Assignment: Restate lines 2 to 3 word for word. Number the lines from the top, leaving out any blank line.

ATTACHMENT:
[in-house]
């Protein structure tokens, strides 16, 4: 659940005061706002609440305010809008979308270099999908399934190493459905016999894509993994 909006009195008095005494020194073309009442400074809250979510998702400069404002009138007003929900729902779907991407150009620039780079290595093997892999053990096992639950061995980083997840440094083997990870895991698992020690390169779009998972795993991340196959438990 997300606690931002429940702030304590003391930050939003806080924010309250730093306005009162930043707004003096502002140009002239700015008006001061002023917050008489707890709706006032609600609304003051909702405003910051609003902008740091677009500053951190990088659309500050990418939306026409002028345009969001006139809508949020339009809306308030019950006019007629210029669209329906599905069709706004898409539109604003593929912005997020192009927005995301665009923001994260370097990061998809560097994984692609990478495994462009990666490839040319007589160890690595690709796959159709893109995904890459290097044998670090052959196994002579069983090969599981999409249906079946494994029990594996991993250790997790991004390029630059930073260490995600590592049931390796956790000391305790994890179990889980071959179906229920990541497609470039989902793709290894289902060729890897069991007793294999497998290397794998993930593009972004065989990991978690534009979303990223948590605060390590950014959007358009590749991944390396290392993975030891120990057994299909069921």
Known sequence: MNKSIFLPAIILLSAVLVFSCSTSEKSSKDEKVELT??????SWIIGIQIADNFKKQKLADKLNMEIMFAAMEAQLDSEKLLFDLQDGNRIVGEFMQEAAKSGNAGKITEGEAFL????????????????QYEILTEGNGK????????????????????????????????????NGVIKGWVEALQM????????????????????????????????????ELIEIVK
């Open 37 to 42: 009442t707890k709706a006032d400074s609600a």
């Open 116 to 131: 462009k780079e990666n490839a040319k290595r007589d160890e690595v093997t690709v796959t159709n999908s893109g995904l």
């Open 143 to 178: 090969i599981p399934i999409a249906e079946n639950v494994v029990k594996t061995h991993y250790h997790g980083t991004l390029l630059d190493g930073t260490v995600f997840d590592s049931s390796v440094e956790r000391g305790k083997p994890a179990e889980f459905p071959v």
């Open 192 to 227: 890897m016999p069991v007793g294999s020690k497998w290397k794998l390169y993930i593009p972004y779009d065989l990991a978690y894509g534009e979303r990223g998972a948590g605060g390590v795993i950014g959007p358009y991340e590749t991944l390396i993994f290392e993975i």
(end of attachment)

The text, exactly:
């Protein structure tokens, strides 16, 4: 659940005061706002609440305010809008979308270099999908399934190493459905016999894509993994 909006009195008095005494020194073309009442400074809250979510998702400069404002009138007003929900729902779907991407150009620039780079290595093997892999053990096992639950061995980083997840440094083997990870895991698992020690390169779009998972795993991340196959438990 997300606690931002429940702030304590003391930050939003806080924010309250730093306005009162930043707004003096502002140009002239700015008006001061002023917050008489707890709706006032609600609304003051909702405003910051609003902008740091677009500053951190990088659309500050990418939306026409002028345009969001006139809508949020339009809306308030019950006019007629210029669209329906599905069709706004898409539109604003593929912005997020192009927005995301665009923001994260370097990061998809560097994984692609990478495994462009990666490839040319007589160890690595690709796959159709893109995904890459290097044998670090052959196994002579069983090969599981999409249906079946494994029990594996991993250790997790991004390029630059930073260490995600590592049931390796956790000391305790994890179990889980071959179906229920990541497609470039989902793709290894289902060729890897069991007793294999497998290397794998993930593009972004065989990991978690534009979303990223948590605060390590950014959007358009590749991944390396290392993975030891120990057994299909069921």
Known sequence: MNKSIFLPAIILLSAVLVFSCSTSEKSSKDEKVELT??????SWIIGIQIADNFKKQKLADKLNMEIMFAAMEAQLDSEKLLFDLQDGNRIVGEFMQEAAKSGNAGKITEGEAFL????????????????QYEILTEGNGK????????????????????????????????????NGVIKGWVEALQM????????????????????????????????????ELIEIVK